Employers, be careful what you say about former workers

Most employers are alive to their duty not to provide a misleading reference; if a misleading reference is provided to a prospective employer then there may be a liability in damages.

A recent High Court decision has now extended this duty beyond the situation in which a former employer supplies a negligent reference. Now, any information passed on about a former employee could mean that the employee is entitled to substantial compensation.

In the High Court case, M (a teacher) left Swindon College with an excellent reference in 2002 to take up a post elsewhere. In 2008, M accepted the position of director of the lifelong learning department at the University of Bath, which was responsible for overseeing courses at colleges, including Swindon College. However, shortly after M’s appointment, the new director of human resources at Swindon College sent an email to the university stating that the college would not allow M on to its premises because it had concerns in relation to its students and there had been serious staff relationship problems during M’s time there. The email also added that M had left the college before any formal action could be taken. In response to this email, M was dismissed by the university.

The Judge found that M was a highly respected member of staff during his time at Swindon College and that the contents of the email sent to the university were untrue. However, as the email was not a reference there was no liability to M on that basis and so the Judge considered whether the college owed any duty to M in relation to the information contained in the email. In upholding M’s claim for damages, the Judge found that: M had suffered damage by losing his job with the university; the damage was foreseeable; there was a causal connection between the email and the damage suffered; and the relationship between M and the college was sufficiently close to give rise to a duty of care, even though six years had passed since M had been employed there.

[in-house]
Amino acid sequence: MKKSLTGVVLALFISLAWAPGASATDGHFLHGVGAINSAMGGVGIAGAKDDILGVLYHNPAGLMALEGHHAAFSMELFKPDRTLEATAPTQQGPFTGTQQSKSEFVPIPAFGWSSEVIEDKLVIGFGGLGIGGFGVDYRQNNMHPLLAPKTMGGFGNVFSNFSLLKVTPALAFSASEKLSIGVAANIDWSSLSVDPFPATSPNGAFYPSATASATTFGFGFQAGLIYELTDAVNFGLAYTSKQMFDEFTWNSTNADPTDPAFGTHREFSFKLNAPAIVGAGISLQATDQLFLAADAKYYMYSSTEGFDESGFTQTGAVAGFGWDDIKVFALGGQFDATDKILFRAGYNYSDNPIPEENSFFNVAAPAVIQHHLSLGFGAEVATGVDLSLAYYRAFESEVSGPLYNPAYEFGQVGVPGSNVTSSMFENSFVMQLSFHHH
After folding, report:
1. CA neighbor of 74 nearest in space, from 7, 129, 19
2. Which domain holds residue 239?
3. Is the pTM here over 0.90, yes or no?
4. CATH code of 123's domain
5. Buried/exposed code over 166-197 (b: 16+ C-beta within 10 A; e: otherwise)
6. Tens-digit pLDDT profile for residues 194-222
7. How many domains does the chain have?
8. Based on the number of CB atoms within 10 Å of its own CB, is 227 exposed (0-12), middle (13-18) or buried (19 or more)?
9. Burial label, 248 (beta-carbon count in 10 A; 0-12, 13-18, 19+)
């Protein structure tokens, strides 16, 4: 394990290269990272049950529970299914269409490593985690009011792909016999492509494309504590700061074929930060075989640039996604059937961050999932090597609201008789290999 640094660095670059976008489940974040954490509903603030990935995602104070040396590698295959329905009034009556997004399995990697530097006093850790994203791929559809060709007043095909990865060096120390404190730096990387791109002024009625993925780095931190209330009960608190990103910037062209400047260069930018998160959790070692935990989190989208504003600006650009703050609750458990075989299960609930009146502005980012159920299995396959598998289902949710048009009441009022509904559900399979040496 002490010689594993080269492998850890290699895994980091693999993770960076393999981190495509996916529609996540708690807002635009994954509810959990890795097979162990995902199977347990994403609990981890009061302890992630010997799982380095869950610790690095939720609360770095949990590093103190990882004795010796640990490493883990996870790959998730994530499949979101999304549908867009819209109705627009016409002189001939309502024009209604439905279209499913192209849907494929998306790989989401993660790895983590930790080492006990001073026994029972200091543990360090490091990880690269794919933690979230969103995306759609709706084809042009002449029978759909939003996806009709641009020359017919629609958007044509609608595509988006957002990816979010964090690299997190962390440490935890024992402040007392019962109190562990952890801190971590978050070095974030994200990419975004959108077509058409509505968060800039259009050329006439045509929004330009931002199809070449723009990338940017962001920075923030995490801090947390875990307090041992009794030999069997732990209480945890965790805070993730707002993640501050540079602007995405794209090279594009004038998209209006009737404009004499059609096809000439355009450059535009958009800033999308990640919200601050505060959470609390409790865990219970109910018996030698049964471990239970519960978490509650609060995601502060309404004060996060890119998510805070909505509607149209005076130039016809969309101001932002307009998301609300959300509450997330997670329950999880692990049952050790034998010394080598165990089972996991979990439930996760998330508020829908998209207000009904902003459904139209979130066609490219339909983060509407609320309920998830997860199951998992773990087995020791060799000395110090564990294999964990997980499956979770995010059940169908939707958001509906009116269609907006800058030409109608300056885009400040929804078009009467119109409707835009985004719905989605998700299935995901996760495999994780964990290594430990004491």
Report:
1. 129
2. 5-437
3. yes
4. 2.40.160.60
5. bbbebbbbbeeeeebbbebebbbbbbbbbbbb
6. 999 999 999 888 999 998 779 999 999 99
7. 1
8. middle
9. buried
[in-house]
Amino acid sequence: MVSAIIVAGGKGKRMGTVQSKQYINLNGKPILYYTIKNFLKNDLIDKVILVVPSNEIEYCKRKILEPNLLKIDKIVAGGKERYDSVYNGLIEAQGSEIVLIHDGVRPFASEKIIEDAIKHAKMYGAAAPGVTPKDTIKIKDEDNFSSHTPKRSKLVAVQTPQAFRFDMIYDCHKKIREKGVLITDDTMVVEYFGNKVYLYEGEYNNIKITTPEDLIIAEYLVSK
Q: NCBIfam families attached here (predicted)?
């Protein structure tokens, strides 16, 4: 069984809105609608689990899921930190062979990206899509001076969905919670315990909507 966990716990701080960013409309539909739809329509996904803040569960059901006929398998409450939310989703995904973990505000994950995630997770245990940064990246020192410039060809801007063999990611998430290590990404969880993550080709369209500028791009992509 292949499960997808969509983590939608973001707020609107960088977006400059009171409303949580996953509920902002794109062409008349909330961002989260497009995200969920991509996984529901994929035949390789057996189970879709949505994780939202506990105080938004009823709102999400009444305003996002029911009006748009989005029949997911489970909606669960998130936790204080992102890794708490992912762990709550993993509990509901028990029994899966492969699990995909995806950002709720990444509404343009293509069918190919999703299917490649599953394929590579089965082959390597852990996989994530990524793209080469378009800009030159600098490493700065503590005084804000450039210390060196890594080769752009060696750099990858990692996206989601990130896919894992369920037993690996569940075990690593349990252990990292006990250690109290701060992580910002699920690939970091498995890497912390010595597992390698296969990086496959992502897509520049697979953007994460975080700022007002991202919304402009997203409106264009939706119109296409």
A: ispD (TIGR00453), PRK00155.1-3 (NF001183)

Perhaps this case is another example of how easy it is for email correspondence to slip through the net – would a letter from the human resources manager have found its way to the university? This case should not only serve as a reminder to employers to have procedures in place to monitor email communications but also to ensure that staff do not ‘badmouth’ former colleagues.

This article was written by Lara Murray, a solicitor in our Employment Department.